Wednesday, 13 February 2013

Red "Release the Panic"

Heavy alternative “Christian” rockers Red know their place in the music industry. They know the general sound that their fans love and, with the exception of minor tweaks in sound, know exactly how to keep them satisfied. The bands recently released fourth album Release the Panic (Released February 2013) will certainly leave fans far more than satisfied.

Following the commercially successful Until We Have Faces¸ which went to Number 2 on the Billboard 200, Red does what every good band should do after such success, make the album even heavier. As Tim “The Toolman” Taylor would say, “More Power!” Release the Panic is without a doubt the bands heaviest album since their debut album, 2006’s End of Silence.
Lead vocalist Michael Barnes completely perfects the art of “screaming”, something not many vocalists can do. He has always been one of the many singers lately, whom can go from a clean voice to a guttural scream, however Reds songs have always been very light on the guttural vocals. On this album, the band finds a way to maintain a heavy sound without needing to rely on guttural vocals. The album’s title track, Damage and If We Only are the only songs to really feature any gutturals. All three songs, in typical Red fashion, mostly feature Michael’s melodic yet still tough as nails voice, and only intermittently have fills where he’ll “scream”.
The rest of the albums heavy songs feature all clean vocals, but don’t immediately sell the songs short just for that reason. If you were to listen to them you’d still remember you’re listening to some pretty heavy music. Perfect Life features probably the heaviest chorus on the whole album, while Die For You has a beat that I dare any listener not to head bang to. Same Disease has probably the most sing able chorus that the band has ever done, and is a true anthem to modern rock that could have a crowd easily sing along with.
A singer such as Michael Barnes has far too beautiful of a voice to go a full album without any slower songs, which the band has always noted, so they provide us with such slow melodic songs such as Hold Me Now, which features heavy usage of an acoustic guitar and some electronics behind it, before the electric guitars come in to make the song a bit more intense and powerful yet not quite heavy. So Far Away, the finest of the slower songs, starts off with a loud arrangement of guitars and drums, before calming down in to a soft love song, with a powerful and heartfelt chorus. The Moment We Come Alive is somewhere between a soft song and a heavy song. It still leans more towards the slower melodic side, but it relies more on heavy guitars and the hard pounding of drums compared to the albums other two softer songs.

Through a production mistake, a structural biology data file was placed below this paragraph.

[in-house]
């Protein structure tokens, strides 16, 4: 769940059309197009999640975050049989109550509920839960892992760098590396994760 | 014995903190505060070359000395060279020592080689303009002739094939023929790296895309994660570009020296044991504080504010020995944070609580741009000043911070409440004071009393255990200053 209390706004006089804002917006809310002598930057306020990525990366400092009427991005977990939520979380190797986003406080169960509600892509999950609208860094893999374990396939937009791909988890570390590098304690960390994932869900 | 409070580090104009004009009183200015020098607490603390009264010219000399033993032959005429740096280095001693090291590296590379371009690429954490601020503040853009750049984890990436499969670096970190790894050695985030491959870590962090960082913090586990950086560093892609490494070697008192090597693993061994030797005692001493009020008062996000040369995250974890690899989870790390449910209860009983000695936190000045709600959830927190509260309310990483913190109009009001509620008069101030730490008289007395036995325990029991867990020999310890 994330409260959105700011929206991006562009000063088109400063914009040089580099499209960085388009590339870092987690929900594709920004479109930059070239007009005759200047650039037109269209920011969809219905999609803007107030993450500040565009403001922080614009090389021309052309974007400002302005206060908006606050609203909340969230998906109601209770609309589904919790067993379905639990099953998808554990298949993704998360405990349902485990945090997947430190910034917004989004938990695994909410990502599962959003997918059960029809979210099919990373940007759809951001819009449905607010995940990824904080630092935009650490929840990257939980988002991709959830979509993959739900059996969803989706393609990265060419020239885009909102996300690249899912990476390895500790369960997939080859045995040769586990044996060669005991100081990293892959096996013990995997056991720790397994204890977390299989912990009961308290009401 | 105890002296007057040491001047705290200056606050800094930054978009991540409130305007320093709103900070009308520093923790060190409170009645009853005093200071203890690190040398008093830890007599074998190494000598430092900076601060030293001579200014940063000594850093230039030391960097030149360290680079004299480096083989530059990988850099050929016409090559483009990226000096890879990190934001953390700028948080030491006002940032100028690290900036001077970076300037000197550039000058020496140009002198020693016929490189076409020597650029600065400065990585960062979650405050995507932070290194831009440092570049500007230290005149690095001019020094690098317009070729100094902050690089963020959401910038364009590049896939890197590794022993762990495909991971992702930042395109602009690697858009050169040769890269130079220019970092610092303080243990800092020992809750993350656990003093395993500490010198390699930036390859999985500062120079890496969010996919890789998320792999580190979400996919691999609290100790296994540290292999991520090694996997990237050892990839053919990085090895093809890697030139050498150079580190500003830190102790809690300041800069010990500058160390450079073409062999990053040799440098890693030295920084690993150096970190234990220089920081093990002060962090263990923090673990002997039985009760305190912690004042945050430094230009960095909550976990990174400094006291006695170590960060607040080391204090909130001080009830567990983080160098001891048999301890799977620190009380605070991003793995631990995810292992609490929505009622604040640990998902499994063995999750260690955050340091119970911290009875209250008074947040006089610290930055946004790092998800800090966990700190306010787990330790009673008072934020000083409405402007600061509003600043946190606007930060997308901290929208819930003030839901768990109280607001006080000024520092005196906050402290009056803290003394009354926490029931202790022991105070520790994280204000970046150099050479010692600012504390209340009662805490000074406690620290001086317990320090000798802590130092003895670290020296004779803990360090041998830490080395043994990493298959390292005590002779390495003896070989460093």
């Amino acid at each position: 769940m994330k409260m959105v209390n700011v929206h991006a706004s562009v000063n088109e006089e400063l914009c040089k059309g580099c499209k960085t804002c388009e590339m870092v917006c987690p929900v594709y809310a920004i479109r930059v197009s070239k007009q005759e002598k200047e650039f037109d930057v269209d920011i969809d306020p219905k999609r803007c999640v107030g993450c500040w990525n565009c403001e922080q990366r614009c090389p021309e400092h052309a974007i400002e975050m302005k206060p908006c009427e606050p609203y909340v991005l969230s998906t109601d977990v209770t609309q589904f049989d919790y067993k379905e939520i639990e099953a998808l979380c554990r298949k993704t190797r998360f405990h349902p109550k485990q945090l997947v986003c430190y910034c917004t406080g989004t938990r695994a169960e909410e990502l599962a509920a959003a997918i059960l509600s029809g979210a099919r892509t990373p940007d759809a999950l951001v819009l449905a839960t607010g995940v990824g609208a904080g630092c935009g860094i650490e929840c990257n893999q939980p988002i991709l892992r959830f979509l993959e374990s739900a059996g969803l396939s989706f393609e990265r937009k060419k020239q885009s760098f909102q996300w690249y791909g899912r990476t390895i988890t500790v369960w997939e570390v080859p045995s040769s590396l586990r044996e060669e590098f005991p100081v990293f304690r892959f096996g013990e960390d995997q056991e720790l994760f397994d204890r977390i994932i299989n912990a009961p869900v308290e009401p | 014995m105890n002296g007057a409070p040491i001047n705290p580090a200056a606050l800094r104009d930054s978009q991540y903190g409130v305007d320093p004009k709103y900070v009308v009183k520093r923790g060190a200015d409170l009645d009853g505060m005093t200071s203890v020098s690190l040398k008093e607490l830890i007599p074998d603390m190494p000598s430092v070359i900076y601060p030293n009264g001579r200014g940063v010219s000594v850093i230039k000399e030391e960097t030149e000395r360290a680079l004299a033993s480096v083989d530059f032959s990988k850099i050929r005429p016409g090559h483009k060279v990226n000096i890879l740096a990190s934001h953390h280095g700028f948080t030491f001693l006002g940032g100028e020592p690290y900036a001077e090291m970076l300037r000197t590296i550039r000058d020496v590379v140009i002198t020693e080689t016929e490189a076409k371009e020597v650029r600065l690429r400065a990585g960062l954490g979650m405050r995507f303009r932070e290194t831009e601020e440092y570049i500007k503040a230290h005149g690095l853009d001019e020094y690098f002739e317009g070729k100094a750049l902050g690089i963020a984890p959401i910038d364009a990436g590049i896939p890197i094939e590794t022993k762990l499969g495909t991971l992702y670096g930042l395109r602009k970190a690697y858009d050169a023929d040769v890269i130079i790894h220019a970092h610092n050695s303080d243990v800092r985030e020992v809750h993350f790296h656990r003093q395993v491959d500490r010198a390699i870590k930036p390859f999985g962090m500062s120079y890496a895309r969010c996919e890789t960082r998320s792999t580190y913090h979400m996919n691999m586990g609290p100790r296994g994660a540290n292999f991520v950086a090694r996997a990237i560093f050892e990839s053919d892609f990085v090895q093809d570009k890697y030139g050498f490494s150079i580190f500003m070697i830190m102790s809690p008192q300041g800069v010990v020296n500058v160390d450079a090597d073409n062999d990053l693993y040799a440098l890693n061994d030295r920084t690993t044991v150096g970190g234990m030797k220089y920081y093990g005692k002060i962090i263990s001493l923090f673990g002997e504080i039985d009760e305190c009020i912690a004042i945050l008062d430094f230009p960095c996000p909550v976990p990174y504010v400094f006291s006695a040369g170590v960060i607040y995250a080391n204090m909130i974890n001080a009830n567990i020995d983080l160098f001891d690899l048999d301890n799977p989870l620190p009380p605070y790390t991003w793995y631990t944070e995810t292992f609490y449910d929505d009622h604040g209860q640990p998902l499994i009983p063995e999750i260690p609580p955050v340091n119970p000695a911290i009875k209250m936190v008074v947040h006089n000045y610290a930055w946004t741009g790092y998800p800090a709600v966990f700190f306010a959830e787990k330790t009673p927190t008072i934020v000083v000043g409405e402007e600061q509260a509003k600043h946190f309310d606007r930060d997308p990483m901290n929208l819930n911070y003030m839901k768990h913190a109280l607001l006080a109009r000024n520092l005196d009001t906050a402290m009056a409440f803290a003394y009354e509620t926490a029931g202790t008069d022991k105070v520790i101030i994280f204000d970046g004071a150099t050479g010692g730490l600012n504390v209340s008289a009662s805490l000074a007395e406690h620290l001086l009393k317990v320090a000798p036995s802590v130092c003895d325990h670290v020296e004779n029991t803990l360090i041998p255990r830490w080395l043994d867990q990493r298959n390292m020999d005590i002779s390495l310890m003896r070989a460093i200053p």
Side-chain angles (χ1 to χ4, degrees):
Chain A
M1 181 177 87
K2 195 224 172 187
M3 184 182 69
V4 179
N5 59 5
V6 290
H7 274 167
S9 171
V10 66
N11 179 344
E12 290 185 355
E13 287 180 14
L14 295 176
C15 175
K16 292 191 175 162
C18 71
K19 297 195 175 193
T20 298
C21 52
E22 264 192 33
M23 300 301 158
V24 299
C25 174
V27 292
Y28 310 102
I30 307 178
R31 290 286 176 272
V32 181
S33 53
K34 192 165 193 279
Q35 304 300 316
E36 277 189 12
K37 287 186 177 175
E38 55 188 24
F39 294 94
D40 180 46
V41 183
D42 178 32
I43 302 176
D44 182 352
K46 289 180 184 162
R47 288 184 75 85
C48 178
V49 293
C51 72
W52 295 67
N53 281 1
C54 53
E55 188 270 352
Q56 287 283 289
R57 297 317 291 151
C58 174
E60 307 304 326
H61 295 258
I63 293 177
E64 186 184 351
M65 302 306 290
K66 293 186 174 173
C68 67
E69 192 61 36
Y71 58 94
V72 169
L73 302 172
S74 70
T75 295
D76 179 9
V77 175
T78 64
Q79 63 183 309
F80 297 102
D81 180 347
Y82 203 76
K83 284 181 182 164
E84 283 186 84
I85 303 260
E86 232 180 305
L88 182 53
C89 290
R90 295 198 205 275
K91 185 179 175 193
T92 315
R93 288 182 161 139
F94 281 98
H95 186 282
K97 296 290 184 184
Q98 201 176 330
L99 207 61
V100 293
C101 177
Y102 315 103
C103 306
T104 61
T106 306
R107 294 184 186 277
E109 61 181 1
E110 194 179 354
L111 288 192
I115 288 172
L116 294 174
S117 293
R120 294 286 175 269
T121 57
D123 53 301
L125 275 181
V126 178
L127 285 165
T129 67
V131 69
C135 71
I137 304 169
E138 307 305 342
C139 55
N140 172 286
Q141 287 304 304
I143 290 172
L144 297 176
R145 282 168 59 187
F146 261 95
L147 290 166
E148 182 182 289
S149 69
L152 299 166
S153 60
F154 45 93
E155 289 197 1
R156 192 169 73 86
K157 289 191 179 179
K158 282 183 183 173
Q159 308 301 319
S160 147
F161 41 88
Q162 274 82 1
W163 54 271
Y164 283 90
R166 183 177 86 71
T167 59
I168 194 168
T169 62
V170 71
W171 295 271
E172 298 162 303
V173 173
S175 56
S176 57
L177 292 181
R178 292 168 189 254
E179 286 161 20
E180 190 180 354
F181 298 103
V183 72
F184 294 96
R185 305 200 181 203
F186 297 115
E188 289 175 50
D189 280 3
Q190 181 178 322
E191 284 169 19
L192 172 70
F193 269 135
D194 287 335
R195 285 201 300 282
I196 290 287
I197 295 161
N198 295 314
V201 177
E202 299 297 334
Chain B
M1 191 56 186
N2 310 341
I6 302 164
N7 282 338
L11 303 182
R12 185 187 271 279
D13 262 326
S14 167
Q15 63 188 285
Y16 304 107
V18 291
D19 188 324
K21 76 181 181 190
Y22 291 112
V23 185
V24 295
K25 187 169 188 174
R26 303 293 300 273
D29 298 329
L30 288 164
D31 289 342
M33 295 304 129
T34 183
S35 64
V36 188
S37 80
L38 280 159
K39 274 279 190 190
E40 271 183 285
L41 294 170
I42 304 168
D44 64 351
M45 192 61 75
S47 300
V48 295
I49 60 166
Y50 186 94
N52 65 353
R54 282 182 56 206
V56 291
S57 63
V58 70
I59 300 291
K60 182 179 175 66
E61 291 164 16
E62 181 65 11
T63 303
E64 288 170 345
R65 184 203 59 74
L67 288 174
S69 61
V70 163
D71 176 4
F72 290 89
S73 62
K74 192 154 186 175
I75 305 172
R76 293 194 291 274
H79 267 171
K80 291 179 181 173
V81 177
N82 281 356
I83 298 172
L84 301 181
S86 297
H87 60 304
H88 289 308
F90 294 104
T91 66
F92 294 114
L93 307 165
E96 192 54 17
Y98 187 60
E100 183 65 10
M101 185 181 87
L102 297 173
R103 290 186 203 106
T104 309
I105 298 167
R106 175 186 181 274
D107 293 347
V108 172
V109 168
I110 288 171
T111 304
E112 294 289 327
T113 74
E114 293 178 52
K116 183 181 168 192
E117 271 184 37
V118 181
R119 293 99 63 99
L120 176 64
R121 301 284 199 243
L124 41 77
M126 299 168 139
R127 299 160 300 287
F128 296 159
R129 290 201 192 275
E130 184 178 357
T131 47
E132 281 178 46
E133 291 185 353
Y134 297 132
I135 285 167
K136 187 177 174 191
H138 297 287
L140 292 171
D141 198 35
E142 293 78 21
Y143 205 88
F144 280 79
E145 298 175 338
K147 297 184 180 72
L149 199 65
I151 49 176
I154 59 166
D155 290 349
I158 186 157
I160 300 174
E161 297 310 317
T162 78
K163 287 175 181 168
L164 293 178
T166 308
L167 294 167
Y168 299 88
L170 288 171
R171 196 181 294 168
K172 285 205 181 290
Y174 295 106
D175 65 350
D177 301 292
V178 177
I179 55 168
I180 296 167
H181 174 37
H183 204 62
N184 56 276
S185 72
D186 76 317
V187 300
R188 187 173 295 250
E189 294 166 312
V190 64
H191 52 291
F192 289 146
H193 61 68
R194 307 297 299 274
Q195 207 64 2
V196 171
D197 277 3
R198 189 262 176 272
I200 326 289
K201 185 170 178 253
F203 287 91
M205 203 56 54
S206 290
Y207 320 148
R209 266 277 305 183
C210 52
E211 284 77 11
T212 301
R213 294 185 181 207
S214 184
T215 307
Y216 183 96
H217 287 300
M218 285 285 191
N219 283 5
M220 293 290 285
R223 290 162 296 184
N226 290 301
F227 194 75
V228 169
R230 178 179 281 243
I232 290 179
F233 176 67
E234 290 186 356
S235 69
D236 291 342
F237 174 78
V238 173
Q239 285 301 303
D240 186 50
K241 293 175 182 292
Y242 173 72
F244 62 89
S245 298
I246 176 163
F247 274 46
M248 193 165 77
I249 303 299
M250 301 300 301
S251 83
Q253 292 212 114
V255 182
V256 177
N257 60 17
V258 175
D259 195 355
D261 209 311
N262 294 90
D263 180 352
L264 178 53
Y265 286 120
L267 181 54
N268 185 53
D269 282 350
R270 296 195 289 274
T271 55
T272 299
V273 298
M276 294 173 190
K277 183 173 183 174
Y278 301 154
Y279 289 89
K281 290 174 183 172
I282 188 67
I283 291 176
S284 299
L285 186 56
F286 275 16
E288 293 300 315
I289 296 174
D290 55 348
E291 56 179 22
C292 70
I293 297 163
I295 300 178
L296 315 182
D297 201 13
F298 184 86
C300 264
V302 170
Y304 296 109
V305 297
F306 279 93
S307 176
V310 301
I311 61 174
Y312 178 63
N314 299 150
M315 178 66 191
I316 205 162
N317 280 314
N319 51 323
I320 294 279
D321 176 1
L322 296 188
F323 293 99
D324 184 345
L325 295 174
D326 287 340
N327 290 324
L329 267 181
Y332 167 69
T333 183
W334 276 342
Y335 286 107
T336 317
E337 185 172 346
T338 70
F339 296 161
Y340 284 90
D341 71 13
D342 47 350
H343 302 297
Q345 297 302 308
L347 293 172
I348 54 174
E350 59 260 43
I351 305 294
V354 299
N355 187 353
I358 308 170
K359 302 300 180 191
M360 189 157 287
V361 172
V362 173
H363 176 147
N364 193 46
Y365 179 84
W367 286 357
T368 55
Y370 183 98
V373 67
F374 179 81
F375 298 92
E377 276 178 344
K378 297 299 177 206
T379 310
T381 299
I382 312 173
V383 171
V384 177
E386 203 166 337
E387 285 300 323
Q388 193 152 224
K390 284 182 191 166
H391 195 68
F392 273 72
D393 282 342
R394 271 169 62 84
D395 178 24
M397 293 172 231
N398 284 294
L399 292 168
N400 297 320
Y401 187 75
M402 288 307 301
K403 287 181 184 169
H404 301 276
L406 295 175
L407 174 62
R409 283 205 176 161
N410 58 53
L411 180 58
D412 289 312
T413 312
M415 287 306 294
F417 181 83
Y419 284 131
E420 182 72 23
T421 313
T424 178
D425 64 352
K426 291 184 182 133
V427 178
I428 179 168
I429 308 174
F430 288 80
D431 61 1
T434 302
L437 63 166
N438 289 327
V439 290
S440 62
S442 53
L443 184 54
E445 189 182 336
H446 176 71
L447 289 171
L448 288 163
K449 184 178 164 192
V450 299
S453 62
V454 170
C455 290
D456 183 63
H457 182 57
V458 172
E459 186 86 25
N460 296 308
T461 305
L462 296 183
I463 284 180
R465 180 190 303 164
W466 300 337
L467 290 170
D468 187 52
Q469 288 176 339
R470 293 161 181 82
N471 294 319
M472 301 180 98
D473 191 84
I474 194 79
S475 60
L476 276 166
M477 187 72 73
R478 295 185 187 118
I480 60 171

If you were to get the deluxe edition, you will have your hands on two bonus tracks that the regular version doesn’t have; Love Will Leave A Mark and As You Go. The first of the two being more on the heavy side, however it would have to fall as the least significant song on the album. It is a song with lyrics that mean well, but don’t come across well in music form. As You Go is a slow song, in light of earlier songs by the band which are not heavy, and rely rather heavily on electronic drums, however the track is among the highlights from the album.
This album is 100% guaranteed for existing fans of the band. For the listener who has never heard of the band Red, as per usual I would recommend listening to any band in order from first album to last, however should this be the first album a fan would come across, they will definitely get a great taste of what the band sounds like, and should they enjoy what they hear, they are guaranteed to love all of the bands previous albums.
Glass House” – The only truly neutral song off of the album because it is not quite as heavy as the heavy songs on the album, yet not quite as soft as the softer songs. The song features a speaker-full of instruments, with a lot of guitars, a feint string section and keyboards can be heard as well. The song has small interludes of soft-spoken singing and piano heavy segments in between the full and heavy choruses, making it the most well written song off of the album. Michael performs among the greatest vocal jobs he’s ever done with the band, if only for the melodies, and not the voice itself. The lyrics are also quite strong and fit very well with the songs feel.
8 (Out of 10)
Track List:
"Release the Panic"  
"Perfect Life"  
"Die for You"  
"Same Disease"  
"Hold Me Now"  
"If We Only"  
"So Far Away"  
"Glass House"  
"The Moment We Come Alive"  

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